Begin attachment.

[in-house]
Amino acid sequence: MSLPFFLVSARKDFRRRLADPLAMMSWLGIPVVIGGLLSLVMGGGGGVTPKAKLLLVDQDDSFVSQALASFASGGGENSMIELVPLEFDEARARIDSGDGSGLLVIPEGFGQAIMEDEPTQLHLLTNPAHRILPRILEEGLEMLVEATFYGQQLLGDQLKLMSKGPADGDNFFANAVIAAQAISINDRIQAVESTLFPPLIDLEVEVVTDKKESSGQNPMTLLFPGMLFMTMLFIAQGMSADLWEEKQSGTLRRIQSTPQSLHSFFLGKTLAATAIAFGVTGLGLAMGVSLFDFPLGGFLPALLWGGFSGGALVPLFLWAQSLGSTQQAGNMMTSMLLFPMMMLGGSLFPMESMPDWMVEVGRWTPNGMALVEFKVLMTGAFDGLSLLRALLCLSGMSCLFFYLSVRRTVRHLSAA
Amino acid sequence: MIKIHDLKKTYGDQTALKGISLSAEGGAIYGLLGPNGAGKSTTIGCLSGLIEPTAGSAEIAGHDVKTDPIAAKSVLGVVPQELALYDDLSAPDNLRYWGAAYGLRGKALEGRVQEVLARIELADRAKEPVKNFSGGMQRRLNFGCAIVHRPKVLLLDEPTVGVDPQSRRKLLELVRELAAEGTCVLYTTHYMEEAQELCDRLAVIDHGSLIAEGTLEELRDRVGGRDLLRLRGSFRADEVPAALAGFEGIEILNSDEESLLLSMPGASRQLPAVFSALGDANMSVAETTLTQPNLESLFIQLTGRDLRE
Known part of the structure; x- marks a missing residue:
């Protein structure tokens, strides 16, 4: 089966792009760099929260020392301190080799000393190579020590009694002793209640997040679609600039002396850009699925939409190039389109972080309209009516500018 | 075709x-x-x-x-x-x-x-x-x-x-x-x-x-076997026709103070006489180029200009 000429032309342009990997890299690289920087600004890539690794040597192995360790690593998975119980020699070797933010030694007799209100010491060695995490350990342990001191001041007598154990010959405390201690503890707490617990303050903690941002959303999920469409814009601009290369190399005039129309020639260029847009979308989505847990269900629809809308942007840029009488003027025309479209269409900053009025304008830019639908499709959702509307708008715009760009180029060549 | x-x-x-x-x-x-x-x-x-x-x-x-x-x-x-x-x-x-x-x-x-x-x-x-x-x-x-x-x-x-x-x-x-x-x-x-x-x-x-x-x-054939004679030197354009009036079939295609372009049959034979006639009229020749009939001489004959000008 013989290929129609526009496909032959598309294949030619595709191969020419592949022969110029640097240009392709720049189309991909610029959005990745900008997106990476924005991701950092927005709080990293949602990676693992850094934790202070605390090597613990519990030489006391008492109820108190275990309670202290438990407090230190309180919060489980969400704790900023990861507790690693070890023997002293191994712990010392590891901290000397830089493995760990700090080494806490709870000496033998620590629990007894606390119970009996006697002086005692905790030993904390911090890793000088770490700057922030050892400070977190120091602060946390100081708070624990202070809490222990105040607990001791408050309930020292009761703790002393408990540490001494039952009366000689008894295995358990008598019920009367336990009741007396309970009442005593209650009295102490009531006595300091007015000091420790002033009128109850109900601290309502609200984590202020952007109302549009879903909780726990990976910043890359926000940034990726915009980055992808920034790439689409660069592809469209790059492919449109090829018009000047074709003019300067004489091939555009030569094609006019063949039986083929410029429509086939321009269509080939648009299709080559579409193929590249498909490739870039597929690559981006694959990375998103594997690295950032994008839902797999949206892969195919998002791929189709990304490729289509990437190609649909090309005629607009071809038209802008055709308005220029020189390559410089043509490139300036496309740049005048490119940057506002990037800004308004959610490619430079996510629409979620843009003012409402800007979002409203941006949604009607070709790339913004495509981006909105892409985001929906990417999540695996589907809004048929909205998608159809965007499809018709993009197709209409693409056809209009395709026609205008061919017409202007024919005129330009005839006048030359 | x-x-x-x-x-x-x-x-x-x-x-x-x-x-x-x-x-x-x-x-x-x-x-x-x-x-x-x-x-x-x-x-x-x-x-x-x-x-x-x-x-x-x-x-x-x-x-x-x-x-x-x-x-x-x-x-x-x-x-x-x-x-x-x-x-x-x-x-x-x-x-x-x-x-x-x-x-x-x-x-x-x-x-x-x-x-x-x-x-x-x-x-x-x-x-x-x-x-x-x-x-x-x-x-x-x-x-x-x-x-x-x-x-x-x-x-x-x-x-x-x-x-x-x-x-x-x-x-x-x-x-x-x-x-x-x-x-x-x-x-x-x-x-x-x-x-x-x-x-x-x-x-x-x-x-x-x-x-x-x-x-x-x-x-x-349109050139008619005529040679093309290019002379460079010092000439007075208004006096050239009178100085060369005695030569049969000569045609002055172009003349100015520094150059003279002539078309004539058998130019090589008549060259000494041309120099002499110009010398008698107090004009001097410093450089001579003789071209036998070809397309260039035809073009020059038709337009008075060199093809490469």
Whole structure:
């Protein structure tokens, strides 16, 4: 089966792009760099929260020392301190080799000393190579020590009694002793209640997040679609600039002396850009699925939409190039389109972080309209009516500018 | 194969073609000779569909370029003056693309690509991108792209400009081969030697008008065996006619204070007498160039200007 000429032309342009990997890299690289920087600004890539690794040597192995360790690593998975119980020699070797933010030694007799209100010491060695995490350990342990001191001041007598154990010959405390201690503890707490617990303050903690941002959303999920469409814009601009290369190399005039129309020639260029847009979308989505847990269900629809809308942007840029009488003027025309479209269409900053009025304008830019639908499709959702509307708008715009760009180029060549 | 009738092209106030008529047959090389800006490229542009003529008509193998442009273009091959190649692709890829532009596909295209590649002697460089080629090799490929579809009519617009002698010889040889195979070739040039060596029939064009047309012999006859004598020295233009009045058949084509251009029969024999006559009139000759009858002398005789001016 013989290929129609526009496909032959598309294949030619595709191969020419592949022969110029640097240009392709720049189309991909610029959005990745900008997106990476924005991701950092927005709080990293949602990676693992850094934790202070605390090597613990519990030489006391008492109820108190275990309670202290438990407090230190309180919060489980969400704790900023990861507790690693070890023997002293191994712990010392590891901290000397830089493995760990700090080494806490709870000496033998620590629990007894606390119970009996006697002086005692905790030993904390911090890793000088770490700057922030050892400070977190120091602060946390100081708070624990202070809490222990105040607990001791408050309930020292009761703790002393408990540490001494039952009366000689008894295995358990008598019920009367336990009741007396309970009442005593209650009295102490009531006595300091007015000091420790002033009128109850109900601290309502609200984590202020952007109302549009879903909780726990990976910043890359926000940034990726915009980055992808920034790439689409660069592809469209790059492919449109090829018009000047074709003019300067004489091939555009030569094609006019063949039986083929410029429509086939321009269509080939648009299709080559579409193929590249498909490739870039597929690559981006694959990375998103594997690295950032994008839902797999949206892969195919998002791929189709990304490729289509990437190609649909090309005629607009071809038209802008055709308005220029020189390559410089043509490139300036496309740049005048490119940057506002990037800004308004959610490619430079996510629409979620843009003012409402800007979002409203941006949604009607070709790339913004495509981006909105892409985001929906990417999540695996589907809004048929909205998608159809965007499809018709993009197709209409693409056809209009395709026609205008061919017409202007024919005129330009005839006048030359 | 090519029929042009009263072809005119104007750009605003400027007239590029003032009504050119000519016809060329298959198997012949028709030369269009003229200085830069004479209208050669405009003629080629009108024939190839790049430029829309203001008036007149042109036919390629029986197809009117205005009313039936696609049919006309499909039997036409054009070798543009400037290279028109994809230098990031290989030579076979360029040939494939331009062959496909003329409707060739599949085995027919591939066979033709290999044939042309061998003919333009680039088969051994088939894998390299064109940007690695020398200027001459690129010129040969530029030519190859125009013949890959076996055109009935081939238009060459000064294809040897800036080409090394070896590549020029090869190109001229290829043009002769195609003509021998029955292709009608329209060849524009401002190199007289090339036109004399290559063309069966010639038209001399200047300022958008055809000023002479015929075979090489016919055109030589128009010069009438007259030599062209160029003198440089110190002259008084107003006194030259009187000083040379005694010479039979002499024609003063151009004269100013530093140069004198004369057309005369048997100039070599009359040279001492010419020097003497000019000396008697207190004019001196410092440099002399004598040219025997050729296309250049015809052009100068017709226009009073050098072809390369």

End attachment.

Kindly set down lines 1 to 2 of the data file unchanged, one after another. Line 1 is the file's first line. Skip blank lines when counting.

[in-house]
Amino acid sequence: MSLPFFLVSARKDFRRRLADPLAMMSWLGIPVVIGGLLSLVMGGGGGVTPKAKLLLVDQDDSFVSQALASFASGGGENSMIELVPLEFDEARARIDSGDGSGLLVIPEGFGQAIMEDEPTQLHLLTNPAHRILPRILEEGLEMLVEATFYGQQLLGDQLKLMSKGPADGDNFFANAVIAAQAISINDRIQAVESTLFPPLIDLEVEVVTDKKESSGQNPMTLLFPGMLFMTMLFIAQGMSADLWEEKQSGTLRRIQSTPQSLHSFFLGKTLAATAIAFGVTGLGLAMGVSLFDFPLGGFLPALLWGGFSGGALVPLFLWAQSLGSTQQAGNMMTSMLLFPMMMLGGSLFPMESMPDWMVEVGRWTPNGMALVEFKVLMTGAFDGLSLLRALLCLSGMSCLFFYLSVRRTVRHLSAA